When former Federal Deposit Insurance Corp. chairman Sheila Bair visited American Banker's office this month, she reiterated her call to ban the revolving door between the industry and its regulators. That is, she wants regulators to be prohibited from turning around and taking a high-paying job as an industry or private sector lobbyist at the end of their tenure.
Moreover, Bair felt bank examiners, specifically, should be required to commit to the profession.
"I think that should be a lifetime calling,"she said. "Pay them more and train them more and give them more status, but in return, expect them to make a lifelong commitment."
Not everyone was on board with this assertion. In response to an American Banker article highlighting Bair's remarks, one commenter made a strong case for why such a commitment might not be practical … or fair.
"Constantly being on the road and away from home is not an attractive lifelong profession," the commenter wrote, adding that, while the pay raise Bair advocated was certainly in order, "it should be expected that [examiners] will move on after contributing to the public interest and learning a great deal."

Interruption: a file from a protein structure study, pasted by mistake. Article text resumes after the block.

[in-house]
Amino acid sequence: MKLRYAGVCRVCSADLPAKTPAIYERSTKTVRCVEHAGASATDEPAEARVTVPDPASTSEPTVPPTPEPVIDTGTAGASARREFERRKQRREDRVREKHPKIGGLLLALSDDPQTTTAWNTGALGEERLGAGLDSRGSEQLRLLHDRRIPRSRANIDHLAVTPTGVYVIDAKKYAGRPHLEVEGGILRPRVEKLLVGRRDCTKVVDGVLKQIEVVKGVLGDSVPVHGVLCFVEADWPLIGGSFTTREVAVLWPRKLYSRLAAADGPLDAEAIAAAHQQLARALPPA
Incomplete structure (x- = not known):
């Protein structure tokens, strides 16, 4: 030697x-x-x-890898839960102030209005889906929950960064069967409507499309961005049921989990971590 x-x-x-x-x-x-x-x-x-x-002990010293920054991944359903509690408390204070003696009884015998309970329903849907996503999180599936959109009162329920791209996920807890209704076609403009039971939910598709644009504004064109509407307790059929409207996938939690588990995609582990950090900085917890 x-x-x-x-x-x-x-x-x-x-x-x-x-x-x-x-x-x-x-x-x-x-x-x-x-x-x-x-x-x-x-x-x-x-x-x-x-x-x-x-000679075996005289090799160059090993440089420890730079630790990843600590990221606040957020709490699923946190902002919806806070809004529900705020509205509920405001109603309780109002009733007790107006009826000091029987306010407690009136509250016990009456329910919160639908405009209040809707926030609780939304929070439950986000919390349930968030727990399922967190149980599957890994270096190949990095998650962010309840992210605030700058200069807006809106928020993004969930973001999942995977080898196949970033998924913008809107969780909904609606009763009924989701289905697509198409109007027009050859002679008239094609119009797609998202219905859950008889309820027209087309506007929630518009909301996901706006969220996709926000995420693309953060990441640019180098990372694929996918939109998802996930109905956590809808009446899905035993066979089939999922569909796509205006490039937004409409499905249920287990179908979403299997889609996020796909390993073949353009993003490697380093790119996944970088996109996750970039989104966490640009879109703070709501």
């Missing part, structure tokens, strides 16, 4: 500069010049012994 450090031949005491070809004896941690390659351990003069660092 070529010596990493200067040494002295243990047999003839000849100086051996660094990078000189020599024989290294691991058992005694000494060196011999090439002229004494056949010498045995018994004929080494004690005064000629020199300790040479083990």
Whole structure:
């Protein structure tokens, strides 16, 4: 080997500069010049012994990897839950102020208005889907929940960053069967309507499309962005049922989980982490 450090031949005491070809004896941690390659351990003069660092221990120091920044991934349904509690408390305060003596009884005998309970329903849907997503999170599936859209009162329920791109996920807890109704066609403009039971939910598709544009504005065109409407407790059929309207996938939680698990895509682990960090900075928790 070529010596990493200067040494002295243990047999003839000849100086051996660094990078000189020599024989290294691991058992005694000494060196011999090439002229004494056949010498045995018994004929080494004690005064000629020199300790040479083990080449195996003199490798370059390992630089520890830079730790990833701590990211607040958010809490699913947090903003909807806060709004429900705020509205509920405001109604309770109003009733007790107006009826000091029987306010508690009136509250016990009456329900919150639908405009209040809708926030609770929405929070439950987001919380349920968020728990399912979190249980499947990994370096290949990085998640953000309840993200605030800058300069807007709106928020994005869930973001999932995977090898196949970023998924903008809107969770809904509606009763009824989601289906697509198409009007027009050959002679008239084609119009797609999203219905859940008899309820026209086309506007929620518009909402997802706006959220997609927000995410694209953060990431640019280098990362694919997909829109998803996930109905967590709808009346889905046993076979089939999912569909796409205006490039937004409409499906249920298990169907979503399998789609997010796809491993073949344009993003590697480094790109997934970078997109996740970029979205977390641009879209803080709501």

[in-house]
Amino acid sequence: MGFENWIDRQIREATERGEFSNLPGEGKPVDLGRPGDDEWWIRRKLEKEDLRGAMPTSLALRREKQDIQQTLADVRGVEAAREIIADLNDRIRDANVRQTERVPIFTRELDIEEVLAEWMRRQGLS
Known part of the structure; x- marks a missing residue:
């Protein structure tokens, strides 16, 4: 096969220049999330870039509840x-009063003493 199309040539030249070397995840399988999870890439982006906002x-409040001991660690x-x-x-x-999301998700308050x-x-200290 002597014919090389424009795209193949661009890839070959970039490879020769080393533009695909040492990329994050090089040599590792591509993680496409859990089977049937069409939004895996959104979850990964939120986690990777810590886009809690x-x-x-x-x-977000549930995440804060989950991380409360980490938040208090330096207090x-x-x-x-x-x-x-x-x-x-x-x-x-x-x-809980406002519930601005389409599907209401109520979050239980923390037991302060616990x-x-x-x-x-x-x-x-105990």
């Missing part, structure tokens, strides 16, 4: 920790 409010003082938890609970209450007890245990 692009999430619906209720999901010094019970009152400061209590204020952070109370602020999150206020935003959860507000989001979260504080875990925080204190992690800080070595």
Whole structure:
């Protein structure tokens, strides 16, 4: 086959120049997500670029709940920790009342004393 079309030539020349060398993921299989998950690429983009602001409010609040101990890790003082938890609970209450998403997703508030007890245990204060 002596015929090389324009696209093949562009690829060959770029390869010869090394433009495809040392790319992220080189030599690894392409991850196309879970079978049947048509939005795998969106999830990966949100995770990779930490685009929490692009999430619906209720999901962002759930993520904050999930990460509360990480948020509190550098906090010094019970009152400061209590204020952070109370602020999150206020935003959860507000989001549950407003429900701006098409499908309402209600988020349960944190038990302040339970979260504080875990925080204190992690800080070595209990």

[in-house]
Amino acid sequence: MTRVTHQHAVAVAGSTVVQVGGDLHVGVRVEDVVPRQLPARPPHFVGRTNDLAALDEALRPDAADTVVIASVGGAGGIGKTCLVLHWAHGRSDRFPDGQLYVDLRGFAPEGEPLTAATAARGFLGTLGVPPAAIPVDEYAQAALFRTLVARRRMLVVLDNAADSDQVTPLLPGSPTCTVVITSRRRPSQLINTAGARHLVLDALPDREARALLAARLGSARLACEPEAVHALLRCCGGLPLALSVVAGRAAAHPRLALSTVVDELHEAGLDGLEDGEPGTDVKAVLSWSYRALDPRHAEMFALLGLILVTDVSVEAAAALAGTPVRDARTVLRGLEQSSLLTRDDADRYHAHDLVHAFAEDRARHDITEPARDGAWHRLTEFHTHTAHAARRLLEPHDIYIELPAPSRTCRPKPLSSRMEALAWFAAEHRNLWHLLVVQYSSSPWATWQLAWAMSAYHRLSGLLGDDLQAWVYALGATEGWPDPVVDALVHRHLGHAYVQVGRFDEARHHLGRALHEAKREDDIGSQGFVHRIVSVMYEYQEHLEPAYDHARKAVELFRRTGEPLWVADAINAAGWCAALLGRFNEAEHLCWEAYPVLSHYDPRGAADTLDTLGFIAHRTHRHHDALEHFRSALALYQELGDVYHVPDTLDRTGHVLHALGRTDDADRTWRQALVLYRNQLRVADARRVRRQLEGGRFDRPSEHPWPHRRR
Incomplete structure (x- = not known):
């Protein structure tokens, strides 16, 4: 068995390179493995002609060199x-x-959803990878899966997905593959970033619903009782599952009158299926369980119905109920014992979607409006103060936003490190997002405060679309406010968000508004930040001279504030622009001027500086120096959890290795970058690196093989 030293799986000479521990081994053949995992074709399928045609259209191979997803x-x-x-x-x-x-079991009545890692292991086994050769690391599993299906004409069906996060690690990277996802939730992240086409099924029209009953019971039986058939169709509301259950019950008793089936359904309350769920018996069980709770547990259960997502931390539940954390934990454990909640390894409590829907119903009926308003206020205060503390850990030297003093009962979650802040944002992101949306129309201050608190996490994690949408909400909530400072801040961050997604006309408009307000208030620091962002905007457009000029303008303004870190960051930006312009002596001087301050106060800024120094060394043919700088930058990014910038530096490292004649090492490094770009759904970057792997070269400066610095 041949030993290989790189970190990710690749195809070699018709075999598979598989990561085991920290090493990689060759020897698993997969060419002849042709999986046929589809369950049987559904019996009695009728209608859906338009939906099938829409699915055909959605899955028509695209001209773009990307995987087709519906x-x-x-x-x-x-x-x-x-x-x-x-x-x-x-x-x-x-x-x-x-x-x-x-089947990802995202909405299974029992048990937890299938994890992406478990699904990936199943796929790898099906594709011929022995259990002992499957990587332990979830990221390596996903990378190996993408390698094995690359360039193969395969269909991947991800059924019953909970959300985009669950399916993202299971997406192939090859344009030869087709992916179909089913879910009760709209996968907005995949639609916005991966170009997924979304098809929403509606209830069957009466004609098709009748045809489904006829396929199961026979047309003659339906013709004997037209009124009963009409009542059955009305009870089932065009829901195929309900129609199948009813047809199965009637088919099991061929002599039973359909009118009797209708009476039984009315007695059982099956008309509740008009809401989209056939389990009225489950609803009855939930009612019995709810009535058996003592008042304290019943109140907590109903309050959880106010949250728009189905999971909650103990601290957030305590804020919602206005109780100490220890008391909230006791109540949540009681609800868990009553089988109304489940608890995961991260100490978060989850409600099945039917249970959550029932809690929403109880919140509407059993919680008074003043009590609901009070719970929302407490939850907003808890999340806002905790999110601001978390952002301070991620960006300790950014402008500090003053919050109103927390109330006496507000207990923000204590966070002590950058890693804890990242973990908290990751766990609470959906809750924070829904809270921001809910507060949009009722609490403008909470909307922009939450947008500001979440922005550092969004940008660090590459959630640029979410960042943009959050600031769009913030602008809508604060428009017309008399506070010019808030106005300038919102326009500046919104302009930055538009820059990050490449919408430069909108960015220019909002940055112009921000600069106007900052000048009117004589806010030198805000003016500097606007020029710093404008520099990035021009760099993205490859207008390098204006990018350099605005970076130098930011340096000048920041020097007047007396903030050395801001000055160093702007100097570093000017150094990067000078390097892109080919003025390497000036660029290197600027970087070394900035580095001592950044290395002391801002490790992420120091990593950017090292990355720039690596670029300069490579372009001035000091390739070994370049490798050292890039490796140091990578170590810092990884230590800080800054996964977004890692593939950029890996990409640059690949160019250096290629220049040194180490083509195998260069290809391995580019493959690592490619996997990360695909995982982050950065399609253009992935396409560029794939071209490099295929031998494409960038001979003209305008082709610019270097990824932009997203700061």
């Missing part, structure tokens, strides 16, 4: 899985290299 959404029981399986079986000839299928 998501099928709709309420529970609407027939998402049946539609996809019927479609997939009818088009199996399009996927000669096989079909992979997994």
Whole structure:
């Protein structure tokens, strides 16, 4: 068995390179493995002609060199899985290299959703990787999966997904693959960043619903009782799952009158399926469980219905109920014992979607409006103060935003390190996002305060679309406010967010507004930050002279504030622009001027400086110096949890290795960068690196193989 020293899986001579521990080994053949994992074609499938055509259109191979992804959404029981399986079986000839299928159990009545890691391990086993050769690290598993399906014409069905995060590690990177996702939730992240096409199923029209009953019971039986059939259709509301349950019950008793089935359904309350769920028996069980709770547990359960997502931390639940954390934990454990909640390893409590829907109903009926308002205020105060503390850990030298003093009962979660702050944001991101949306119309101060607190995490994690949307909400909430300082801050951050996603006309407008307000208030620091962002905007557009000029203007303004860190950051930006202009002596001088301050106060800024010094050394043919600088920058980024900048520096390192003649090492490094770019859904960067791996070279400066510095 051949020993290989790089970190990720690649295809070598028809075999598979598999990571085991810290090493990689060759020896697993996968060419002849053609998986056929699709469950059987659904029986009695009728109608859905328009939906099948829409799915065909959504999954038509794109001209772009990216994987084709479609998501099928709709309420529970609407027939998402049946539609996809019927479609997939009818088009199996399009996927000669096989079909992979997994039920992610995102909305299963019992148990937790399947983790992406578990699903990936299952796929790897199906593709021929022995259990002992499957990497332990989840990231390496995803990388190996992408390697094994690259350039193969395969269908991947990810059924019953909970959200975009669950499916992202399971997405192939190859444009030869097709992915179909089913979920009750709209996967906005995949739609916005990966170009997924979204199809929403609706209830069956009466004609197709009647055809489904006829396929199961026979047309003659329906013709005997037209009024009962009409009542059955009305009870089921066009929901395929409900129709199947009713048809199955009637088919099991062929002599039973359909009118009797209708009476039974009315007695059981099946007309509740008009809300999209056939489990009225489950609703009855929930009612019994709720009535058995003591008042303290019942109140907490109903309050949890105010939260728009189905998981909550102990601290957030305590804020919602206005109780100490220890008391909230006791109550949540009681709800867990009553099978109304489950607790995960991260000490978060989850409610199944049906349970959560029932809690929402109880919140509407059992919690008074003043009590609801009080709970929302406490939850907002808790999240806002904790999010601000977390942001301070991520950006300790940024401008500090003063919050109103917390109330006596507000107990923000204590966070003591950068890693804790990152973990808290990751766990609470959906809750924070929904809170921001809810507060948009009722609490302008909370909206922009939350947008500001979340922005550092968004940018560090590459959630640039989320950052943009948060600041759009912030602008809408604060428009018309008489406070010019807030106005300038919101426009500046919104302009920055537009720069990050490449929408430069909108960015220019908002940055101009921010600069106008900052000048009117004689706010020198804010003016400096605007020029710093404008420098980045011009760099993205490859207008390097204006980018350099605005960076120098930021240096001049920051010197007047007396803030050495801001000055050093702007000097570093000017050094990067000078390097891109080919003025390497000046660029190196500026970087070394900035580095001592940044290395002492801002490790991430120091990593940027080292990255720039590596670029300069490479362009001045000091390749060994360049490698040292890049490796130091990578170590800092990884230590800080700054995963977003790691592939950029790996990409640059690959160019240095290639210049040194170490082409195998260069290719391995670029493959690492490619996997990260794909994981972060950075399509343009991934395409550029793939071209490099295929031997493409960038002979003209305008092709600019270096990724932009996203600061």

The commenter also pointed out that, at times, there were benefits to having a person move from regulating the industry to working in it.
"Some of the best examiners may serve the interests of prudential regulation by being bank managers … having been exposed to the other side of risk management," they wrote.
Also, if an examiner makes a lifetime commitment to the job, will the job return the favor? Richard I. Isacoff, a lawyer in Pittsfield, Mass., who used to work out failed institutions for the FDIC and, earlier, the old Federal Savings and Loan Insurance Corp., tweeted that he "loved [the] work. Job left-I didn't."
Do you believe bank examiners should be required to make a lifelong commitment? Why or why not? Let us know in the comments section below.